European Parliament Subcommittee on Human Rights has visited Nigeria for the first time
Nigeria and the EU must work together because a stable Nigeria is not only in the interest of the Nigerian people but also in our own interest, said MEPs after visiting Nigeria on 3-7 April.
A delegation from the European Parliament’s Subcommittee on Human Rights (DROI), led by Josef WEIDENHOLZER (S&D, AT), visited Nigeria from 3 to 7 April 2018 to discuss human rights including social and economic rights, with a particular focus on migration and human trafficking. Speaking on behalf of the DROI delegation, Mr Weidenholzer stated:
„Nigeria, Africa’s biggest nation, is a very complex country with huge potential, but also the origin of a high number of migrants trying to reach Europe.
We are grateful for the frank discussions with government representatives and commend the Nigerian government for its considerable efforts to fight human trafficking and the suffering that it brings to its victims. We also commend the outstanding commitment of the Governor of Edo State, H.E. Godwin Obaseki, to fight human trafficking by creating opportunities and a sense of hope for the people of Edo State, the actual hub of human trafficking in Nigeria. In Edo State we also welcomed the reception by the Oba of Benin, His Royal Majesty Oba Ewuare II, where we appreciated that he supports the fight against human trafficking through his authority and spiritual guidance.
The next presidential elections in Nigeria will take place in 2019. We therefore welcome the federal government’s commitment to ensuring free and fair elections. An election process in which political contenders and citizens can trust is a cornerstone of a functioning democracy. Nigeria’s 2015 elections were historic, with the opposition winning for the first time since the transition from military rule in 1999. An EU Election Observation Mission was present at that time following an invitation from the Nigerian government. We have expressed our readiness to give support once again to the next presidential elections.
However, we are deeply worried that less than one year before the next elections, divisions within the country seem to be growing: Whereas the government has succeeded in pushing back Boko Haram in the North-East, the conflict between farmers and herdsmen in the Middle-Belt has become Nigeria’s deadliest conflict, claiming more victims than Boko Haram. We learned about the multiple causes of this conflict, such as the proliferation of weapons in the region, environmental degradation and the decrease of grazing land.
In the Delta region, continuing militancy is driven by a sense of injustice at the distribution of resources, compounded by the delayed clean-up of oil pollution.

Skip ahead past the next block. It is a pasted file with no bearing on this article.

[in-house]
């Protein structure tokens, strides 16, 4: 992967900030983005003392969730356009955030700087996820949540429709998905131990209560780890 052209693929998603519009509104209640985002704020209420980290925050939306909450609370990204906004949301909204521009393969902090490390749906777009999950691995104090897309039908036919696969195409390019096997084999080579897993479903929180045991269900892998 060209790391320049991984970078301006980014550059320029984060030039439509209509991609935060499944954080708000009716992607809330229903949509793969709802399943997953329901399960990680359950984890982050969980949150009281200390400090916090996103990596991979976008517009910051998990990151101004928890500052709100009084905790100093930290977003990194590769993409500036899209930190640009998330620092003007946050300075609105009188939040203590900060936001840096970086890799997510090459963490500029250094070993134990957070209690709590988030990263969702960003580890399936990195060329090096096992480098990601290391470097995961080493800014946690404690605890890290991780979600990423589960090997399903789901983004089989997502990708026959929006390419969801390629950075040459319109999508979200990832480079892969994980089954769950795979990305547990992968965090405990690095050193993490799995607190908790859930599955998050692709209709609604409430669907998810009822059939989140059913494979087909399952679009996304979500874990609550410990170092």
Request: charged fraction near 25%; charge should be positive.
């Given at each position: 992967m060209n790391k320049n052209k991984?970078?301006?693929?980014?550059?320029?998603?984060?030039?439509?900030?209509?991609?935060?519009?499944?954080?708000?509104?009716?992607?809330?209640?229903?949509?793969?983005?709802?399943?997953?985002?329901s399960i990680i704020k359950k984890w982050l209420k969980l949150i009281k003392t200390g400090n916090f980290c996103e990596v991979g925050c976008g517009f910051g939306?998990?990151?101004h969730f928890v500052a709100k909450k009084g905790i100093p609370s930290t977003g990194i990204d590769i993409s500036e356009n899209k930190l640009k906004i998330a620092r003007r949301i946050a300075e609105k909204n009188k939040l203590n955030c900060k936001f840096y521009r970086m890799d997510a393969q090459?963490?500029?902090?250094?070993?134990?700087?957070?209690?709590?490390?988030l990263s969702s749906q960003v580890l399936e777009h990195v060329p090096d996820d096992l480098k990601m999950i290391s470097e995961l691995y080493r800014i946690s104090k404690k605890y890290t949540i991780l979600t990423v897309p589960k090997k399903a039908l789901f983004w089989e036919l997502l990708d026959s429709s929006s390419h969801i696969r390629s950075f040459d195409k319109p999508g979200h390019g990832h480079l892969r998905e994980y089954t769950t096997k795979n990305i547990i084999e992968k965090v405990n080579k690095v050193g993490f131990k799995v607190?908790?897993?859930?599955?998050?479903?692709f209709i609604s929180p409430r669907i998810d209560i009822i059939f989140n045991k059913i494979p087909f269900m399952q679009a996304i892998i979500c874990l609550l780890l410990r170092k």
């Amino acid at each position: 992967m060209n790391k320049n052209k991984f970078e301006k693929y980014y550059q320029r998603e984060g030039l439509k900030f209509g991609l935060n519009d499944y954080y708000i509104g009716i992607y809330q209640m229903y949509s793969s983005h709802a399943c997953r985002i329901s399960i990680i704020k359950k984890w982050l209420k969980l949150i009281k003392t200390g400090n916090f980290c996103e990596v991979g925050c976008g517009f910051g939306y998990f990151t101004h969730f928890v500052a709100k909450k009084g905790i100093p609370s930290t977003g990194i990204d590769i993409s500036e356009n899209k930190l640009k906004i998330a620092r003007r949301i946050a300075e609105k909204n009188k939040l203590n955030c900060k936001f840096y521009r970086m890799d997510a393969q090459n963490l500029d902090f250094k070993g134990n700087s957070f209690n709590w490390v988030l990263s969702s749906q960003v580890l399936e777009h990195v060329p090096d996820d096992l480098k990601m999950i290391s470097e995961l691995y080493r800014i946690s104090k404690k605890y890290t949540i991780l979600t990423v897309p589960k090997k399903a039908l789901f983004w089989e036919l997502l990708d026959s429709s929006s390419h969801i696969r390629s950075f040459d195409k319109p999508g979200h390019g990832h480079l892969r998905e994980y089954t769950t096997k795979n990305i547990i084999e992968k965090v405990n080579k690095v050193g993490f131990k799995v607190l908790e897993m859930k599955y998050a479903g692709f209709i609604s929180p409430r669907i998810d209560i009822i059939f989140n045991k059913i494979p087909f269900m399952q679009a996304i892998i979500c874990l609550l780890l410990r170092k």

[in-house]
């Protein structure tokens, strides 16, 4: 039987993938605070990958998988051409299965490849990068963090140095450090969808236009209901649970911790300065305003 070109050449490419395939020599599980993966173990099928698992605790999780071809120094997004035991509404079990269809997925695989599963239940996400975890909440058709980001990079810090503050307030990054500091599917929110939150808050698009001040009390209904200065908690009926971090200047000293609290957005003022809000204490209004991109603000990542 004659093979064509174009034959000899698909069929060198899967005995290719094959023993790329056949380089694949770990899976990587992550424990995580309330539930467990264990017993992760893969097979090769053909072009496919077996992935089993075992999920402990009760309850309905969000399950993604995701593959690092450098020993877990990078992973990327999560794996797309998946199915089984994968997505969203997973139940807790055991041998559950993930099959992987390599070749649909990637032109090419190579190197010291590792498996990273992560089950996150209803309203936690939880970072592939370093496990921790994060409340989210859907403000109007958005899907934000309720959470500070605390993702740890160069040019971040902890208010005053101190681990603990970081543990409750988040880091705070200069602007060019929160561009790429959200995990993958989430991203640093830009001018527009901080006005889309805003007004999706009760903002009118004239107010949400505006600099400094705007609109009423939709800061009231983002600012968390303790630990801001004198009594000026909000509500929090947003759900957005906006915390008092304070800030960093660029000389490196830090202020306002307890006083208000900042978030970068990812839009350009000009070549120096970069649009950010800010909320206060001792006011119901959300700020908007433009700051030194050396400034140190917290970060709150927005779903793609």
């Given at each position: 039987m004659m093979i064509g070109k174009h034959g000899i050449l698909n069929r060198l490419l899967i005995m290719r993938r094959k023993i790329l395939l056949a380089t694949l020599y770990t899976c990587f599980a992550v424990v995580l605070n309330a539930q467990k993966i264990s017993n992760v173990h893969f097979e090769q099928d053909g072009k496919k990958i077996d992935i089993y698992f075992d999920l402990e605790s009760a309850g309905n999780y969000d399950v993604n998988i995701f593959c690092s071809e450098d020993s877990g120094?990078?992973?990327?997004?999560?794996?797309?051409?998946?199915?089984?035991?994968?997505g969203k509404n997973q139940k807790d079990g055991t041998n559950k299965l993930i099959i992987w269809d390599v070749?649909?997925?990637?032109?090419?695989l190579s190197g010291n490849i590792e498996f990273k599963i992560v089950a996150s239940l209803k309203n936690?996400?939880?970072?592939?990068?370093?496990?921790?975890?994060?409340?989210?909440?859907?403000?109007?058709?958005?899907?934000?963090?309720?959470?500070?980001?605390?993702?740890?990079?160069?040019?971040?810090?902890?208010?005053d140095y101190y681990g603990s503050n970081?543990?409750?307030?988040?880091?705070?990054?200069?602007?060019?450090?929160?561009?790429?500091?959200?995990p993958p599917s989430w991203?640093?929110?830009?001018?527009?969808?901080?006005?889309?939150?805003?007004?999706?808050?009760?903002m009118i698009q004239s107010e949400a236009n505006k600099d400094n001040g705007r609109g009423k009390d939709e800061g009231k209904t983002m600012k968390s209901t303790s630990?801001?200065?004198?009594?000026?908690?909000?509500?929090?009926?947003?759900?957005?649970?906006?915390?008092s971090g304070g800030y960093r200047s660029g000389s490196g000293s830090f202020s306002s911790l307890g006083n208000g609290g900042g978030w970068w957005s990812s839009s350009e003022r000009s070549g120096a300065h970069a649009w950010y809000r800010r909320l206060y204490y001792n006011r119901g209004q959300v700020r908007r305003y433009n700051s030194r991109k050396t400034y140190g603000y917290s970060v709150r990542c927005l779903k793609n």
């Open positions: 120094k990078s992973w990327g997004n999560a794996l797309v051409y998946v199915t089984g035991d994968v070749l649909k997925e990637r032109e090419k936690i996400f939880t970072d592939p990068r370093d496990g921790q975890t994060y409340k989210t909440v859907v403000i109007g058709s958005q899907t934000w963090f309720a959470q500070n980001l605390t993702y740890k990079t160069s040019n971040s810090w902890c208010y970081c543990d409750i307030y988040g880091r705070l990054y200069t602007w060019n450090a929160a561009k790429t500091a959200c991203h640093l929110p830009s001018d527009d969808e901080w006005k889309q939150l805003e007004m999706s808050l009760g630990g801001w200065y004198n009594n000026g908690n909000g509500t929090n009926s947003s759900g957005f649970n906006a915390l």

The delegation also discussed other important human rights issues, such as de-radicalisation, women’s rights, repression of the Shia Muslim community, the marginalization of people with albinism, evictions of people from waterfront communities in Lagos, corruption, harassment of investigative journalists, long pre-trial detentions and the detention of suspected insurgents in secret prisons.
Poverty and lack of education appear to be at the roots of many conflicts and grievances. So we have notably identified a need for:
- enhanced investment in education to empower potential victims of human trafficking and other human rights violations through education and perspectives for a better future
- cooperation between the Nigerian government and the EU to improve the situation of migrants in Libya
- prosecution and disarmament of violent perpetrators in the conflict between herdsmen and farmers
- sustained efforts of the Nigerian authorities to obtain the release of the abducted Christian Chibok and Dapchi girls who are still in the hands of Boko Haram
- a continued human rights dialogue on the basis of the post-Cotonou agreement currently being discussed
- continued efforts of the Nigerian government to reduce human rights violations within the Nigerian security services on the basis of the findings of the report, yet to be published, of the Presidential panel set up in August 2017 to investigate human rights violations by the military
- adoption of the Gender and Equal Opportunities Bill to narrow Nigeria’s massive gender gap
- EU support for the return of looted funds to Nigeria.“
The DROI delegation was composed of Josef WEIDENHOLZER (S&D, AT), Joachim ZELLER (EPP, DE), Miroslav MIKOLÁŠIK (EPP, SK) and Judith SARGENTINI (GREENS, NL).
MEPs met with H.E. the Minister of Foreign Affairs, Geoffrey Onyeama, the Permanent Secretary of the Minister of Justice, the Senior Advisor of the Minister of the Interior, Senator Shehu Sani, the Governor of Edo State H.E. Godwin Obaseki, His Royal Majesty the Oba of Benin Oba Ewuare II, the Executive Secretary of the National Human Rights Commission, as well as with civil society representatives including Christians and Muslims.
In a very emotional meeting with the mothers of two abducted Chibok and Dapchi girls MEPs got a first hand account of the abduction and its aftermath.
MEPs also visited the National Agency for the Prohibition of Trafficking in Persons (NAPTIP) in Abuja, the Girl’s Power Initiative, an EU funded project to make school children aware of the risks of human trafficking, and the EU funded Migrant Resource Center, both in Benin-City in Edo State.